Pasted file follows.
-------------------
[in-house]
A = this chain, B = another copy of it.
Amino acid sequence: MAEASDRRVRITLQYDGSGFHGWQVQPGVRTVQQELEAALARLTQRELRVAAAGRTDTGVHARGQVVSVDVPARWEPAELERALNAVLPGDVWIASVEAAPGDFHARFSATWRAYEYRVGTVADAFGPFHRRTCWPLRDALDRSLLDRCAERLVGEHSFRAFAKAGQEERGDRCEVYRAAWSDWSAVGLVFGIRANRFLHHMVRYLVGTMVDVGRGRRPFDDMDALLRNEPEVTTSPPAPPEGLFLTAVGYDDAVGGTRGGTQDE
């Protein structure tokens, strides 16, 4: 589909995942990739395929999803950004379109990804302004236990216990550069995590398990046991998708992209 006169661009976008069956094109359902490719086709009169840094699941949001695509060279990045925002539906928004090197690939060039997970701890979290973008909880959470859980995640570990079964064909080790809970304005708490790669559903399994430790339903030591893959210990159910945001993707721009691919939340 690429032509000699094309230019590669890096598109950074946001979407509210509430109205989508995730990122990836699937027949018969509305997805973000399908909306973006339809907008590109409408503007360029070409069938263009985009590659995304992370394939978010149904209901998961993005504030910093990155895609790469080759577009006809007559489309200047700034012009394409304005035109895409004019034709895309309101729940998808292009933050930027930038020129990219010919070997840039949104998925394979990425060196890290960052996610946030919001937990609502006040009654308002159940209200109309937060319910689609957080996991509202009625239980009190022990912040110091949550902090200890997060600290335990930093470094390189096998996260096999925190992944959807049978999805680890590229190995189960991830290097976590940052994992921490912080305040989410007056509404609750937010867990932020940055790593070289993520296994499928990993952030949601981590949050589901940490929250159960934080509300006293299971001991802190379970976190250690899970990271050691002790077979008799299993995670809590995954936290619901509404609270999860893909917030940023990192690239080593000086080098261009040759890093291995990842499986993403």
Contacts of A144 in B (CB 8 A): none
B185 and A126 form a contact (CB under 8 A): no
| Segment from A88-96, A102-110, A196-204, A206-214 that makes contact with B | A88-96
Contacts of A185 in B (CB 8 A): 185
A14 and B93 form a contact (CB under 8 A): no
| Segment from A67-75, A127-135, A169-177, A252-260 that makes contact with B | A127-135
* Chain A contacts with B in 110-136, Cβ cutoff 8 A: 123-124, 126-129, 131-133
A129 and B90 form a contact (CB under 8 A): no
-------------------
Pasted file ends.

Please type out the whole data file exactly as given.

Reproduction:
[in-house]
A = this chain, B = another copy of it.
Amino acid sequence: MAEASDRRVRITLQYDGSGFHGWQVQPGVRTVQQELEAALARLTQRELRVAAAGRTDTGVHARGQVVSVDVPARWEPAELERALNAVLPGDVWIASVEAAPGDFHARFSATWRAYEYRVGTVADAFGPFHRRTCWPLRDALDRSLLDRCAERLVGEHSFRAFAKAGQEERGDRCEVYRAAWSDWSAVGLVFGIRANRFLHHMVRYLVGTMVDVGRGRRPFDDMDALLRNEPEVTTSPPAPPEGLFLTAVGYDDAVGGTRGGTQDE
């Protein structure tokens, strides 16, 4: 589909995942990739395929999803950004379109990804302004236990216990550069995590398990046991998708992209 006169661009976008069956094109359902490719086709009169840094699941949001695509060279990045925002539906928004090197690939060039997970701890979290973008909880959470859980995640570990079964064909080790809970304005708490790669559903399994430790339903030591893959210990159910945001993707721009691919939340 690429032509000699094309230019590669890096598109950074946001979407509210509430109205989508995730990122990836699937027949018969509305997805973000399908909306973006339809907008590109409408503007360029070409069938263009985009590659995304992370394939978010149904209901998961993005504030910093990155895609790469080759577009006809007559489309200047700034012009394409304005035109895409004019034709895309309101729940998808292009933050930027930038020129990219010919070997840039949104998925394979990425060196890290960052996610946030919001937990609502006040009654308002159940209200109309937060319910689609957080996991509202009625239980009190022990912040110091949550902090200890997060600290335990930093470094390189096998996260096999925190992944959807049978999805680890590229190995189960991830290097976590940052994992921490912080305040989410007056509404609750937010867990932020940055790593070289993520296994499928990993952030949601981590949050589901940490929250159960934080509300006293299971001991802190379970976190250690899970990271050691002790077979008799299993995670809590995954936290619901509404609270999860893909917030940023990192690239080593000086080098261009040759890093291995990842499986993403």
Contacts of A144 in B (CB 8 A): none
B185 and A126 form a contact (CB under 8 A): no
| Segment from A88-96, A102-110, A196-204, A206-214 that makes contact with B | A88-96
Contacts of A185 in B (CB 8 A): 185
A14 and B93 form a contact (CB under 8 A): no
| Segment from A67-75, A127-135, A169-177, A252-260 that makes contact with B | A127-135
* Chain A contacts with B in 110-136, Cβ cutoff 8 A: 123-124, 126-129, 131-133
A129 and B90 form a contact (CB under 8 A): no